Authors: Abraham SY POON
Capping Ceremony (冠禮) is an important ritual in traditional Chinese culture. The Chinese have been referred to as the “Nation of Courtesy” by others. Since the musical ceremonies began in the Zhou Dynasty, the “Ceremonial Music Education” was the main axis of the educational system that taught etiquettes in social interactions to help maintain orderliness in family and society. With a period of almost 800 years, the Zhou Dynasty is the longest dynasty in Chinese history (a combination of Western Zhou Dynasty – 257years – and Eastern Zhou Dynasty – 514 years – totalling 771 years). A passage from Liji Qu Li ( 禮記٠ 曲禮) describes the ritual of appellation: “A son must be capped at twenty to receive his title. A son should name his own first name in the father’s presence. A servant must announce his name in the ruler’s presence. When a daughter is engaged, she assumes the hair-pin and receives her marital name.” During the ritual of appellation or “Zhi Zi”, a “Name” (字) is given to both men and women (or hair-pin rite, in the female context). As opposed to one’s birth name (名), the chosen “Name” is an expression of a person’s future aspirations (志願) and thus the terminology “Zhi Zi” (志字) is used.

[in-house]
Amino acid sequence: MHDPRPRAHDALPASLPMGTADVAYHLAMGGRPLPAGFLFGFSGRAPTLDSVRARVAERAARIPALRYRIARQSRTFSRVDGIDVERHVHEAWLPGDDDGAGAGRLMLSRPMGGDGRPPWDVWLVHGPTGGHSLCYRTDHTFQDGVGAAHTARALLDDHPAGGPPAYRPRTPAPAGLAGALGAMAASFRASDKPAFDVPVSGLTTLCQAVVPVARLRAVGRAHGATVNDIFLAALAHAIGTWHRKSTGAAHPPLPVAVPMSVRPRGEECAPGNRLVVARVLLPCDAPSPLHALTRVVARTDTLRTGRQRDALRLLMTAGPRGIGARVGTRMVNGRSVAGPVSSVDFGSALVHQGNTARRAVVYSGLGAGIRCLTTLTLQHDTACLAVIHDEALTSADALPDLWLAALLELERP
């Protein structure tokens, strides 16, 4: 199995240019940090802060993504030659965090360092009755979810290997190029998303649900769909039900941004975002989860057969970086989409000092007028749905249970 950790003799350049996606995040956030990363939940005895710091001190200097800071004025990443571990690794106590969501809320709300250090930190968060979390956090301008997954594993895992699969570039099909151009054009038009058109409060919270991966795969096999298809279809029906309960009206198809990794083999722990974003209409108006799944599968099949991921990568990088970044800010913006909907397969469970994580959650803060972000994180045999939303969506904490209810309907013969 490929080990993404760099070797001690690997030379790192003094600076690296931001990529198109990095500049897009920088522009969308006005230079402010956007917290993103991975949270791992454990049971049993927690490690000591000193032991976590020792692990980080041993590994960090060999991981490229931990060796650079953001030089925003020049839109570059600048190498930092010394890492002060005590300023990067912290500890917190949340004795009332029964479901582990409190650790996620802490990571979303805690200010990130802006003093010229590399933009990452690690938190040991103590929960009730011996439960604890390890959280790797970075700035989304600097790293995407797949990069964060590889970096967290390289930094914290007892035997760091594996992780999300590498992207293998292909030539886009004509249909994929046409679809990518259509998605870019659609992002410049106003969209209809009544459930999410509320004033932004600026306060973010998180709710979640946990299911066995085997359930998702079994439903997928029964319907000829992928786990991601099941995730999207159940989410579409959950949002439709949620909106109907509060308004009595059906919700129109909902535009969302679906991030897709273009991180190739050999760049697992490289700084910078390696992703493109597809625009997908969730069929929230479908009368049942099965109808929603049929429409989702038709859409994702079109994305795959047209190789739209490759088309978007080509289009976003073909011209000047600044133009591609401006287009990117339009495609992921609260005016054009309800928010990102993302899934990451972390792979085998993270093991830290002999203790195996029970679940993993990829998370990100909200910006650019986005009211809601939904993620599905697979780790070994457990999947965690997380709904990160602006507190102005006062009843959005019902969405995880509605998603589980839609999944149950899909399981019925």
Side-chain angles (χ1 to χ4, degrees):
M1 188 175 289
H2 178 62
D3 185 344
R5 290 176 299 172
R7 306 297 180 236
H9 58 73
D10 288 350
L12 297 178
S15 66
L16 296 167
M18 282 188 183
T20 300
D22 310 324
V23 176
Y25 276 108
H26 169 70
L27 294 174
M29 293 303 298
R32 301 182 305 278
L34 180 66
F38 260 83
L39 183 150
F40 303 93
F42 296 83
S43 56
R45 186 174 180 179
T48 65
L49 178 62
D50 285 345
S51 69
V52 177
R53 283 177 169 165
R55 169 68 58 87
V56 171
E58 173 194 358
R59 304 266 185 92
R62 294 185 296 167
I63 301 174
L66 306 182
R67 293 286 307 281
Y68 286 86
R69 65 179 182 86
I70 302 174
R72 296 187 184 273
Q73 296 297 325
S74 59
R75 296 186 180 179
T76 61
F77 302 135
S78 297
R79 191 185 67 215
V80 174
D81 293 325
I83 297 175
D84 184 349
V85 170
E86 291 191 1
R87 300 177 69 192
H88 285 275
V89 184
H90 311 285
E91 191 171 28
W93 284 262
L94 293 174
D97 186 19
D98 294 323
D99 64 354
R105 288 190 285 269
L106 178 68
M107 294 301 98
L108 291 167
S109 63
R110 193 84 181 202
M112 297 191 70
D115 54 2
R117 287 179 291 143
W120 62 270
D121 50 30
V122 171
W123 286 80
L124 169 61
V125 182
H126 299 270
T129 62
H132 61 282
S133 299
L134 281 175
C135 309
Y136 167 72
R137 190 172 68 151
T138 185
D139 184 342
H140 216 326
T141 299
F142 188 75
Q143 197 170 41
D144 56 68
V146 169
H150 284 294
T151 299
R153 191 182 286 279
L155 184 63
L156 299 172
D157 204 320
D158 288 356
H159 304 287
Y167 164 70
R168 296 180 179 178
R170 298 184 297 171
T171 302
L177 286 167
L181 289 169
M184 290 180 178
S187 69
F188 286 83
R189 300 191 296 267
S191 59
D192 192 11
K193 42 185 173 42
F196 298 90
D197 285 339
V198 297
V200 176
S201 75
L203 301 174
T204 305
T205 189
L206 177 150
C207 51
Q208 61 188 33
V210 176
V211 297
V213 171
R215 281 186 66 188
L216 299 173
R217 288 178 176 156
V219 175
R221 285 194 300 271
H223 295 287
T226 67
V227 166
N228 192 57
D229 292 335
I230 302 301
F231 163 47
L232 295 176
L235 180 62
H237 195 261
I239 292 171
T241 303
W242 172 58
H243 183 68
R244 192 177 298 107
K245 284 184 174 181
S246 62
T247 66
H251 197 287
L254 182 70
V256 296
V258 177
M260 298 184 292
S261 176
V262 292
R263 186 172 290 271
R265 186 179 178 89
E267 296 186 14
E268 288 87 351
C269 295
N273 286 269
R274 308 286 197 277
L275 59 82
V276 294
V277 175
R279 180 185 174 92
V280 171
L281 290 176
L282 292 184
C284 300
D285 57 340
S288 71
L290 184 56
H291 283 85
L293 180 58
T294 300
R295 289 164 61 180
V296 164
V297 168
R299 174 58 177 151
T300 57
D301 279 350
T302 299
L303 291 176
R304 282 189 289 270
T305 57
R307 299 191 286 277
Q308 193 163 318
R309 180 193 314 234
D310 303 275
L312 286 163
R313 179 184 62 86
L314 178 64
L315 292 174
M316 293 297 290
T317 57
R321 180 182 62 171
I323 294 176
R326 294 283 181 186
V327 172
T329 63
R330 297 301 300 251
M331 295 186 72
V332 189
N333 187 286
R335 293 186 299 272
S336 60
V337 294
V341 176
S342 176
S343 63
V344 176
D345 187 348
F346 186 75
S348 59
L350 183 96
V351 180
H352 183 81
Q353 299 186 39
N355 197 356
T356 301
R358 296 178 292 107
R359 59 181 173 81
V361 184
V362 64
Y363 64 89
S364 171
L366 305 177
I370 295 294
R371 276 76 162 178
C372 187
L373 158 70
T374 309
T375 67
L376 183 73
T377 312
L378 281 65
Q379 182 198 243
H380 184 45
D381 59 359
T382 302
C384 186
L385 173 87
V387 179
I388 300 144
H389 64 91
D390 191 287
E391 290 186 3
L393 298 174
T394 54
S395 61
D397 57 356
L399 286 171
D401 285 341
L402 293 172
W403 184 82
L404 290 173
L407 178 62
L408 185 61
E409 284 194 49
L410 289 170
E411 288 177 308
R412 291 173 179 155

Since November 2008, I promoted the “Adulthood Capping Ceremony” activities in secondary schools in Hong Kong. I brought awareness to grade 12 students, who were approaching the modern legal age of 18, that they should have an independent spirit with full ownership and responsibility for their lives as contemporary law abiding citizens. Since 2010, participating students were selecting “Names” for themselves; the meaning of their “Names” would represent their life motto. At any point in their lives, they can use their “Name” as a guide in introspection, as a valuable moral compass and as a tool to map out their lives. It would clear away the feeling of emptiness, rootlessness and helplessness that result from having no aspirations in life.
Keywords: Aspire to create appellation; culture; life; introspection